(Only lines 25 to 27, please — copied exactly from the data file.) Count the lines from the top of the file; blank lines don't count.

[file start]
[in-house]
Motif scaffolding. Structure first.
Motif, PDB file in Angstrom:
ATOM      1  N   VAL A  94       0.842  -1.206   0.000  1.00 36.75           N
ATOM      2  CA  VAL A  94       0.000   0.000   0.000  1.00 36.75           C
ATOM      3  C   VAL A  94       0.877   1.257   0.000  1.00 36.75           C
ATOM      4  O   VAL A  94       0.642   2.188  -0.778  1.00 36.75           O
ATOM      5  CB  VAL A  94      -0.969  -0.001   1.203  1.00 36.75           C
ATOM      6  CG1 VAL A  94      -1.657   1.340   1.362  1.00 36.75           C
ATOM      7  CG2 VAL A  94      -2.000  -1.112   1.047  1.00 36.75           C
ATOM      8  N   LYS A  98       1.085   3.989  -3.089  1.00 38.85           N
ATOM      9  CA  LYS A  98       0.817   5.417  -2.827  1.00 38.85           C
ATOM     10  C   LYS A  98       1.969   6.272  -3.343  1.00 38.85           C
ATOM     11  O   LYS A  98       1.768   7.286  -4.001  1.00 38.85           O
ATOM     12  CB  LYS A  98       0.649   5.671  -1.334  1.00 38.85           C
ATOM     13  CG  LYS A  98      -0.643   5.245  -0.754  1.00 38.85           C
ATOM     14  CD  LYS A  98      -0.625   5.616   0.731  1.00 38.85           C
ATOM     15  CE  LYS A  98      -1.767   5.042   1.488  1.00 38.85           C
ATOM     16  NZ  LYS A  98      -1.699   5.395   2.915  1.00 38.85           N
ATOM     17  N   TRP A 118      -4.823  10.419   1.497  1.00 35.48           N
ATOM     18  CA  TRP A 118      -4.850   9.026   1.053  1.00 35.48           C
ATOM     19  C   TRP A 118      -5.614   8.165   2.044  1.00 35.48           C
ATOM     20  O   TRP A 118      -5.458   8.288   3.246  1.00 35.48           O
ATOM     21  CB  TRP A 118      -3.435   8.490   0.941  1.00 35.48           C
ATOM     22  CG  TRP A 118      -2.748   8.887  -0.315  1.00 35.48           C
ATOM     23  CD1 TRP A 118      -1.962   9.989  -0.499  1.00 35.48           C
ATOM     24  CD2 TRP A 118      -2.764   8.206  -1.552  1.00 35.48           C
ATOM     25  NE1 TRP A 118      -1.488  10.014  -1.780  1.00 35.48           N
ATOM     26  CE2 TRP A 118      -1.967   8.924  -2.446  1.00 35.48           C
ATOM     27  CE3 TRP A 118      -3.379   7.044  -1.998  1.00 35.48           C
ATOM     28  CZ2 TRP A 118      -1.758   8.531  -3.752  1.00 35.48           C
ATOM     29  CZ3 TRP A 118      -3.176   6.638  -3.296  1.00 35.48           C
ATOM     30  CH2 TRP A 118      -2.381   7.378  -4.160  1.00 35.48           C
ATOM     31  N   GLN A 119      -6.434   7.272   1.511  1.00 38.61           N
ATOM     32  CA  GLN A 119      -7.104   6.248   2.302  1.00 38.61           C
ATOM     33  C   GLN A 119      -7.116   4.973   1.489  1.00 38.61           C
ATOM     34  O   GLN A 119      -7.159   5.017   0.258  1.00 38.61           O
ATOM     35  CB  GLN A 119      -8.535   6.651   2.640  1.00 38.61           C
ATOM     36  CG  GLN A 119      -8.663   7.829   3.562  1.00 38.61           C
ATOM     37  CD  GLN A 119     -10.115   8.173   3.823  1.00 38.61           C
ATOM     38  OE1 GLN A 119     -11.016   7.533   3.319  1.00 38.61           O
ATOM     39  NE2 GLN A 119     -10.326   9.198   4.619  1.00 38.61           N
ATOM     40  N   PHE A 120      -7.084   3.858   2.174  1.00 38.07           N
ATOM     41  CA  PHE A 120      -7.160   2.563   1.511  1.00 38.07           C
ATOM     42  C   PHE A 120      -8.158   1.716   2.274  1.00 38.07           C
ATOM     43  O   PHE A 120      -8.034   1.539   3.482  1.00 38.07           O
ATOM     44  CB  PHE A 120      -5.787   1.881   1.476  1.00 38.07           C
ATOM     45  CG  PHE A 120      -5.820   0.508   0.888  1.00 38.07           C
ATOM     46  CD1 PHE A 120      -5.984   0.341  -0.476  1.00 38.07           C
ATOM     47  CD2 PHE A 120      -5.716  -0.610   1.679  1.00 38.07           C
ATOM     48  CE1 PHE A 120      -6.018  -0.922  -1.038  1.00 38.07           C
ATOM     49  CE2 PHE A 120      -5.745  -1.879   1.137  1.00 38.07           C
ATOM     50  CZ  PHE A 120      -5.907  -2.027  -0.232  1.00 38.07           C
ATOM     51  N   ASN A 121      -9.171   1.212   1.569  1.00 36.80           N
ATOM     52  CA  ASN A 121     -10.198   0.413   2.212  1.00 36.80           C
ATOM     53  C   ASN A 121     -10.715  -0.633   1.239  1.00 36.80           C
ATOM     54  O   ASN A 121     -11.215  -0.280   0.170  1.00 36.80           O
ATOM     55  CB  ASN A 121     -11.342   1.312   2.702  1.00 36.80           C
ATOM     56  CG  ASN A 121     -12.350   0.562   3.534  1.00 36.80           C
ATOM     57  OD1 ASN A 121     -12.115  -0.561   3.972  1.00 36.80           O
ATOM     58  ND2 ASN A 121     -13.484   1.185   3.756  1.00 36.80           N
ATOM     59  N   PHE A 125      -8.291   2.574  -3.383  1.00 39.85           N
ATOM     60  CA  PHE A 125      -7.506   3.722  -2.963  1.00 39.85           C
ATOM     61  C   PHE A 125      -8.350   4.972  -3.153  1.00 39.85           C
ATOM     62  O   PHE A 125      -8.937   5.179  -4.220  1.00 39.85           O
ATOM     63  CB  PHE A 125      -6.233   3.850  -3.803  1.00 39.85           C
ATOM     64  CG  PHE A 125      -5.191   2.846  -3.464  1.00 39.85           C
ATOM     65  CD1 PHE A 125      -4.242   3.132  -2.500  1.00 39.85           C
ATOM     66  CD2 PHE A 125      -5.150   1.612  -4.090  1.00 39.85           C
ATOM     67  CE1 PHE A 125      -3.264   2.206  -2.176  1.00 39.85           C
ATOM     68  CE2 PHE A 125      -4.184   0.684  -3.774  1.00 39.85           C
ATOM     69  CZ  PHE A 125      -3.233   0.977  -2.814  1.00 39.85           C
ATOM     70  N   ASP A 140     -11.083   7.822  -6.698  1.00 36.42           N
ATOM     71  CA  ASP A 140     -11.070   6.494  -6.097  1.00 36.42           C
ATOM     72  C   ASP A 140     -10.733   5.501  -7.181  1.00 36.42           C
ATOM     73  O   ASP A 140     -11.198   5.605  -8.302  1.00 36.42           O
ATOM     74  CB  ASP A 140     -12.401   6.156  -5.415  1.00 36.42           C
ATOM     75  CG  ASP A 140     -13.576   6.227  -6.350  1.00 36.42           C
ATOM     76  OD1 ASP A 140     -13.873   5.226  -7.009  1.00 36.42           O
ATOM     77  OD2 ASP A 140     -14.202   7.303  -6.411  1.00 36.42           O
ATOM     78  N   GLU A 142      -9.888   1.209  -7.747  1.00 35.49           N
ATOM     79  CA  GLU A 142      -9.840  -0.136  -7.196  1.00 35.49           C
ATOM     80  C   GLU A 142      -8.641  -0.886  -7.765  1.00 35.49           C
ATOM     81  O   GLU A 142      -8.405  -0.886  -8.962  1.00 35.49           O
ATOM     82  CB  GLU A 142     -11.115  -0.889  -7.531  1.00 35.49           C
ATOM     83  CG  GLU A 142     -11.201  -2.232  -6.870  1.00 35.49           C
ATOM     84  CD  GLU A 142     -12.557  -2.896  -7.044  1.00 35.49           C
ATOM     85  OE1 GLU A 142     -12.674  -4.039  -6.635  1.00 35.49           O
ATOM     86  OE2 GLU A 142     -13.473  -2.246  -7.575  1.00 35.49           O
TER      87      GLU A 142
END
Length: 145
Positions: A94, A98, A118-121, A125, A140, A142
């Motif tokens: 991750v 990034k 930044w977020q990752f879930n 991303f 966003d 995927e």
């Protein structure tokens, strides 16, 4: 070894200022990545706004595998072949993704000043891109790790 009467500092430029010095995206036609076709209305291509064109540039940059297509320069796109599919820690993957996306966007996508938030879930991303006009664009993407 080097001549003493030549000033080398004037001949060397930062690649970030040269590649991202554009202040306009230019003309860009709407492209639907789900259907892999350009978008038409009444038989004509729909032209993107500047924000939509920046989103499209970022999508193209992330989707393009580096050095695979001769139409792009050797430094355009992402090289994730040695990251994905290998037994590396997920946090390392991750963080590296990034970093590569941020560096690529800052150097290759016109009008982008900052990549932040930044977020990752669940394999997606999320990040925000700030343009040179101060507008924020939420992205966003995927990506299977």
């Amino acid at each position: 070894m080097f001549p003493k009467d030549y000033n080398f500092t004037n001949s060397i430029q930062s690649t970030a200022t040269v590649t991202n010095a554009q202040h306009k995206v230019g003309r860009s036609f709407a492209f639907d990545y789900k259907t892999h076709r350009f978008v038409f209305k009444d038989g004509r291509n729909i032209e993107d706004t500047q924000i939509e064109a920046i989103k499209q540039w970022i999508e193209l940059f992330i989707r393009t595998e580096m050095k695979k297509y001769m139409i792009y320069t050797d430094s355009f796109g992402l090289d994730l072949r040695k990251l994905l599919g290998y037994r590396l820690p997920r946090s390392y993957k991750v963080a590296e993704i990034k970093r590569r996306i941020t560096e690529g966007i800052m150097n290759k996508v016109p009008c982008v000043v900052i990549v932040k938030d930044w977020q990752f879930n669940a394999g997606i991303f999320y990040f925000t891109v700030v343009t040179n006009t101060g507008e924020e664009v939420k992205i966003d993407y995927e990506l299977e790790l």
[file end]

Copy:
ATOM     22  CG  TRP A 118      -2.748   8.887  -0.315  1.00 35.48           C
ATOM     23  CD1 TRP A 118      -1.962   9.989  -0.499  1.00 35.48           C
ATOM     24  CD2 TRP A 118      -2.764   8.206  -1.552  1.00 35.48           C